Your hot pot guide for a clutch Chinese New Year dinner
Chinese New Year, which recognizes the first day of the Chinese lunar calendar, is the most important traditional festival in China. For most people, the new year is a joyous occasion, generally celebrated with an elaborate dinner that brings together an otherwise distant family. In the states, however, Chinese and Chinese American families do not always have time off from school or work to ring in the holiday properly. Luckily, there’s hot pot – the ingenious and cost -effective way to feed all your relatives on New Year’s day, especially when it happens to fall on a Monday (February 8, 2016). Here’s how to do it up right:
To prepare your hot pot, you’ll need a pot and a portable butane burner. Look for a pot with a separator down the middle so that you can prepare two types of broths simultaneously.
Once you’ve got the basics down, you’ll need some bowls, chopsticks and sauce dishes. Mini strainers are also recommended – just in case you need to extricate rogue fish balls, lost in the sea of hot pot broth.
1. BROTH: The broth is essential to the hot pot experience. Although it is possible to make your own with natural ingredients, pre-packaged and msg-laden varieties can be purchased at the Chinese supermarket if you’re strapped for time. Divide your hot pot in half in order to prepare two separately flavored broths – spicy and non-spicy are the usual go-to’s.
2. MEAT / SEAFOOD:
Have your pick in the type of protein for the communal hot pot. Traditionally, meat is sliced very thinly so that it can be cooked in a few seconds. Thaw and slice your own meat before your hot pot dinner or purchase pre-sliced packages.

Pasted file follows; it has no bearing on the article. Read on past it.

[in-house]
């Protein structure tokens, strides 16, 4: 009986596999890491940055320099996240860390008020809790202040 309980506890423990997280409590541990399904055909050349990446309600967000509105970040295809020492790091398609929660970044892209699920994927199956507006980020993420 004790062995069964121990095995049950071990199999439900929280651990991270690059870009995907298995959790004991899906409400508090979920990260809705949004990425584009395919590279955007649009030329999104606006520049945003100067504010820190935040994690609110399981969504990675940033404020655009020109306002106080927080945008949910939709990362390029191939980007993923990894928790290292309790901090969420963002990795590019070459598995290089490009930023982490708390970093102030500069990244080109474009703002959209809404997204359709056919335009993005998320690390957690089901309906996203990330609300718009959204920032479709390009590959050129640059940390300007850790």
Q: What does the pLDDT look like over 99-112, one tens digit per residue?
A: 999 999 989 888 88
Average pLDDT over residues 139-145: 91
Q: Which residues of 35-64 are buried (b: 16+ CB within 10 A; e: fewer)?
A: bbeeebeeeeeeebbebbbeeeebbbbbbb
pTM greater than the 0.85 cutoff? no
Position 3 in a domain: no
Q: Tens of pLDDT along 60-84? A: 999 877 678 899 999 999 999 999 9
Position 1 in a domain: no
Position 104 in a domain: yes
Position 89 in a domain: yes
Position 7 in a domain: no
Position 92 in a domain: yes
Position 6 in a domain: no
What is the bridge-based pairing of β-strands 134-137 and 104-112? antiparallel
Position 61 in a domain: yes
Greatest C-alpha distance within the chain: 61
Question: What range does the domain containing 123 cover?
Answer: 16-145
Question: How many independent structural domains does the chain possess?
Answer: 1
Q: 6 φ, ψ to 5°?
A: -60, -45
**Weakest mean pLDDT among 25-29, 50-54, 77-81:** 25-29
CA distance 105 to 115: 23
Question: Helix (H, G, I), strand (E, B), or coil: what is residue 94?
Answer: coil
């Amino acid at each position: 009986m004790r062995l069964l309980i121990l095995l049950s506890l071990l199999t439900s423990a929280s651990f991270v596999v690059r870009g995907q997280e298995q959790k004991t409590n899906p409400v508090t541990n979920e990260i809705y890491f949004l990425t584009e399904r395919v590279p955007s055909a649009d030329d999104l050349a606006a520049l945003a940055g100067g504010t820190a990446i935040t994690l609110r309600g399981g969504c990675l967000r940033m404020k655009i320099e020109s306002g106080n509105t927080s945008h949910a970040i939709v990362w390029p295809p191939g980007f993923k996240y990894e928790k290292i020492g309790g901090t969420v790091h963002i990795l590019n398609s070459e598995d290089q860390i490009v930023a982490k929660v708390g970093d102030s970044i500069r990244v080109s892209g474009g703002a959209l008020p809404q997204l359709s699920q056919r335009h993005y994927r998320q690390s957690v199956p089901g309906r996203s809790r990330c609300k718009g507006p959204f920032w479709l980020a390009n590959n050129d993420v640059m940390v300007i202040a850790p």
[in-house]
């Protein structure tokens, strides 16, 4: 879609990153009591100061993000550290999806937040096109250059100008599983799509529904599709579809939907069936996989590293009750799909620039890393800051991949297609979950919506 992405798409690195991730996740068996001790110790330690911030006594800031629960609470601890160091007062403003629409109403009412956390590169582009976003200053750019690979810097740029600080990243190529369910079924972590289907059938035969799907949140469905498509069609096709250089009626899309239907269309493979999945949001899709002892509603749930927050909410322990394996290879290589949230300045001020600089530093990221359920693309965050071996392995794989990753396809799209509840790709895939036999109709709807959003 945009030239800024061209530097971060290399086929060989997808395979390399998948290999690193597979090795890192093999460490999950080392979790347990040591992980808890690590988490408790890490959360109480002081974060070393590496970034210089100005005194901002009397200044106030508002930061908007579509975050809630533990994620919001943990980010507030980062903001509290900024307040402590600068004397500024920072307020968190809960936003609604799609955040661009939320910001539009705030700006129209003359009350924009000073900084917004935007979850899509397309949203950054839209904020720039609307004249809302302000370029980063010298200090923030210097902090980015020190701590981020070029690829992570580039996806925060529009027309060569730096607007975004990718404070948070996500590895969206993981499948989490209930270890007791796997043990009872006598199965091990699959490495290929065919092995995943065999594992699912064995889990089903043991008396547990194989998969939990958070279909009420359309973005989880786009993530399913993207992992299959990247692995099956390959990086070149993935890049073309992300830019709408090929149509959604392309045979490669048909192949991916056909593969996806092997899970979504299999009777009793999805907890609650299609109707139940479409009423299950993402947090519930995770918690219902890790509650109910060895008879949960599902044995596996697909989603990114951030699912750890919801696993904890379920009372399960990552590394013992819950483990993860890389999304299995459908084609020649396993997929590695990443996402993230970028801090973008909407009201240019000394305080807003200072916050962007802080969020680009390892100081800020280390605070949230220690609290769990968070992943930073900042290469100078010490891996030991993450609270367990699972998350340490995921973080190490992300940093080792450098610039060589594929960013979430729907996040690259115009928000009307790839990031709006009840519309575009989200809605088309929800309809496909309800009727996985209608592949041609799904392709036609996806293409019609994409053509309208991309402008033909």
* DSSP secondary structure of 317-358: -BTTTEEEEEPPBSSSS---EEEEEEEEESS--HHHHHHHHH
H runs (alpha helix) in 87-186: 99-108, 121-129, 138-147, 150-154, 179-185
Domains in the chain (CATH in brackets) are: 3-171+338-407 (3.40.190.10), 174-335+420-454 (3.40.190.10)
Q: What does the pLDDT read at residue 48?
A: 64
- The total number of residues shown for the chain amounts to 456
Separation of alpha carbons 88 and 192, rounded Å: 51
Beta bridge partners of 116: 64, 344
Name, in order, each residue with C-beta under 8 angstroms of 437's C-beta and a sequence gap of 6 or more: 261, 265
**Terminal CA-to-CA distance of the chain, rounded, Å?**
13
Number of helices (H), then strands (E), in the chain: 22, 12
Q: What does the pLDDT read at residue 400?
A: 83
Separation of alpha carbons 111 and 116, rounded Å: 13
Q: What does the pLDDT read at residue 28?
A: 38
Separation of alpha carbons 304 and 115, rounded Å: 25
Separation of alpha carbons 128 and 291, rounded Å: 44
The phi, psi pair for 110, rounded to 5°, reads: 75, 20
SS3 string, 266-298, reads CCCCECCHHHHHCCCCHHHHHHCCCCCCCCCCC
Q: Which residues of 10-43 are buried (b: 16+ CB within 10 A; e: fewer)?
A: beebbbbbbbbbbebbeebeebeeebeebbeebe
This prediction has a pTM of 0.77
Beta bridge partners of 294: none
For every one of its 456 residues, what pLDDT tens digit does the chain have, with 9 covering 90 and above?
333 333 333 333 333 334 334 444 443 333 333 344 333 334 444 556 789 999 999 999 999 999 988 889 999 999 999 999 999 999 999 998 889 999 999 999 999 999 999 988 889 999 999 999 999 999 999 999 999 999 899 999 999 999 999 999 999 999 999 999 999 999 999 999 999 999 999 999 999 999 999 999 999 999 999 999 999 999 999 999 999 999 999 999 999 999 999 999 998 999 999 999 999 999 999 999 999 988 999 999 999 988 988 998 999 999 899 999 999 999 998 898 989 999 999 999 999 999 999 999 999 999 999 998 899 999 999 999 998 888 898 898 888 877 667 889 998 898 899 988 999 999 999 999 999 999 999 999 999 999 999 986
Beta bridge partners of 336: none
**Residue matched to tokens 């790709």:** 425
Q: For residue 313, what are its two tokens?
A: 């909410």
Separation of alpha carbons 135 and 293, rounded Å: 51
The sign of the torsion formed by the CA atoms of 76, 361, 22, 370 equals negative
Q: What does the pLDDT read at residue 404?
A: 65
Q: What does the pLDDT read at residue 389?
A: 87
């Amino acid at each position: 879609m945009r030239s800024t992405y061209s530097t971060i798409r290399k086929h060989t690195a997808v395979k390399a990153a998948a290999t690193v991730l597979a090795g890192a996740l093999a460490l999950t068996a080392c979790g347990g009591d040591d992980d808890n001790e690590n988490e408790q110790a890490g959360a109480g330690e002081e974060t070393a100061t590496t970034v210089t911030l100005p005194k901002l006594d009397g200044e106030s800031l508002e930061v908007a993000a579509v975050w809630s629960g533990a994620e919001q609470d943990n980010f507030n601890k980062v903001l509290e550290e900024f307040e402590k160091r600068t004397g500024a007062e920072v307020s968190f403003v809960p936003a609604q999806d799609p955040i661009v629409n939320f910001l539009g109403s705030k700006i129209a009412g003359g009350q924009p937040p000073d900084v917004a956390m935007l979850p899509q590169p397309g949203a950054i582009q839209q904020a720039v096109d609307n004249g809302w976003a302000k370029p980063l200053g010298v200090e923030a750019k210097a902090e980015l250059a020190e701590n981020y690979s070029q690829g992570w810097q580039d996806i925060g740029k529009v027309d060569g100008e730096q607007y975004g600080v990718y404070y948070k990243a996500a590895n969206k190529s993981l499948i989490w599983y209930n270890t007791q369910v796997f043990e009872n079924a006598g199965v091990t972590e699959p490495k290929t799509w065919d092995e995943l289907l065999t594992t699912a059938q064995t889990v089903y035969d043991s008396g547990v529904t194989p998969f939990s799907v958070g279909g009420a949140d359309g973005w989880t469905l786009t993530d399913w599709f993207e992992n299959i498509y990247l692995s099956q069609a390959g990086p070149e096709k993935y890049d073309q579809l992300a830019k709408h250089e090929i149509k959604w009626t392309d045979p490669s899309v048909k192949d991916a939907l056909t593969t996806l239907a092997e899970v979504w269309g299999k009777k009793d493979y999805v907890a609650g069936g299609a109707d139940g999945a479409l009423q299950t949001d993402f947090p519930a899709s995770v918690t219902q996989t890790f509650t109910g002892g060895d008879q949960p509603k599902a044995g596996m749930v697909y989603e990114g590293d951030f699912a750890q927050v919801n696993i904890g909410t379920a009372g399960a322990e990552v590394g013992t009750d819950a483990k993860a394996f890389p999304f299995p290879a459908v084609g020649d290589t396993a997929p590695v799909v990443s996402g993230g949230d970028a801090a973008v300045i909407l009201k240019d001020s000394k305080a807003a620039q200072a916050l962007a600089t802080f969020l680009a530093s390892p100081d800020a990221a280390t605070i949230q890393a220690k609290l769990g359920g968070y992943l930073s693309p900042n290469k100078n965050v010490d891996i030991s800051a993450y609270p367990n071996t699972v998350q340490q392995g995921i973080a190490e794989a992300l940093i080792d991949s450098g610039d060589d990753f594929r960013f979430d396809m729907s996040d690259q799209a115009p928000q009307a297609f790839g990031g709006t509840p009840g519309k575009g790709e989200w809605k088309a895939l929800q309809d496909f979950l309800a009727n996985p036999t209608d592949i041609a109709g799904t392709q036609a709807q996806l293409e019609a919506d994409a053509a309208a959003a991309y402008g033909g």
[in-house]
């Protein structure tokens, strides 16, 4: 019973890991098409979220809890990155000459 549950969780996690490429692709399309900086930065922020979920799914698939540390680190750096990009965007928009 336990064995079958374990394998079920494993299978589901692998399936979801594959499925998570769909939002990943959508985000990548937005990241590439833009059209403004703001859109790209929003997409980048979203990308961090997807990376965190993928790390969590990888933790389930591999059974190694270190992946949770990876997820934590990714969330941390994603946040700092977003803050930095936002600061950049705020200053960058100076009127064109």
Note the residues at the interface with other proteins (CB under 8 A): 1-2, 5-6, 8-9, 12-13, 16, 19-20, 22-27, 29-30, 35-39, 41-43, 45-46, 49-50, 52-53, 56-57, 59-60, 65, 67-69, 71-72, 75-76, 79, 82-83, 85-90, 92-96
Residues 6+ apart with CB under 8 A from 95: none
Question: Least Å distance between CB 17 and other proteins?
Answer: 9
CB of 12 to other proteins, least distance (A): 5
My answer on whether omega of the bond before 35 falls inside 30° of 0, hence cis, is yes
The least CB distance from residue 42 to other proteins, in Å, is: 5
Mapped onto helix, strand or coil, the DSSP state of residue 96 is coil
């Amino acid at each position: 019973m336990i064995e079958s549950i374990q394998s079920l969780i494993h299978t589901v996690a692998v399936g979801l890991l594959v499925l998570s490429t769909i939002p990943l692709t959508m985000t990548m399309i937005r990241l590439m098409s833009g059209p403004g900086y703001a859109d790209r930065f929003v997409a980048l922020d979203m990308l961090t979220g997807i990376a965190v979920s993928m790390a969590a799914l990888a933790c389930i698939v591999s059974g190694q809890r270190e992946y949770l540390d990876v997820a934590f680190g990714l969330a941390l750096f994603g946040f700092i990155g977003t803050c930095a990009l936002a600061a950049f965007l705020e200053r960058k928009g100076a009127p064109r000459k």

Enjoy your proteins with noodles, rice cakes, and/or a bowl of rice. Have them all even. (We’re not judging you).
A healthy diet includes loads of veggies, which may or may not help you balance out your sudden carb intake. Typical varieties for hot pot include bok choy, napa cabbage, watercress, etc.
5. FISH BALLS / MUSHROOMS:
No hot pot is complete without fish balls and a side of mushrooms. Fish balls, which are made from fish paste, come in a large variety of shapes and sizes; some are even made of lobster and shrimp! For mushrooms, Shiitake and Enoki are popular choices because they soak up the broth well.
Two words: peanut sauce.
You’ll be surprised with what it goes with. Dipping sauce, however, is completely optional. Create one suited to your taste buds. Otherwise, a sesame oil, chili flakes, scallions + soy sauce combo is always safe.
Now that your Chinese New Year dinner plans are set, sit back and relax a little. The beauty of hot pot is that you can toss almost anything into and it’ll still taste good. After all, why cook everything separately, when you can have it all in one pot?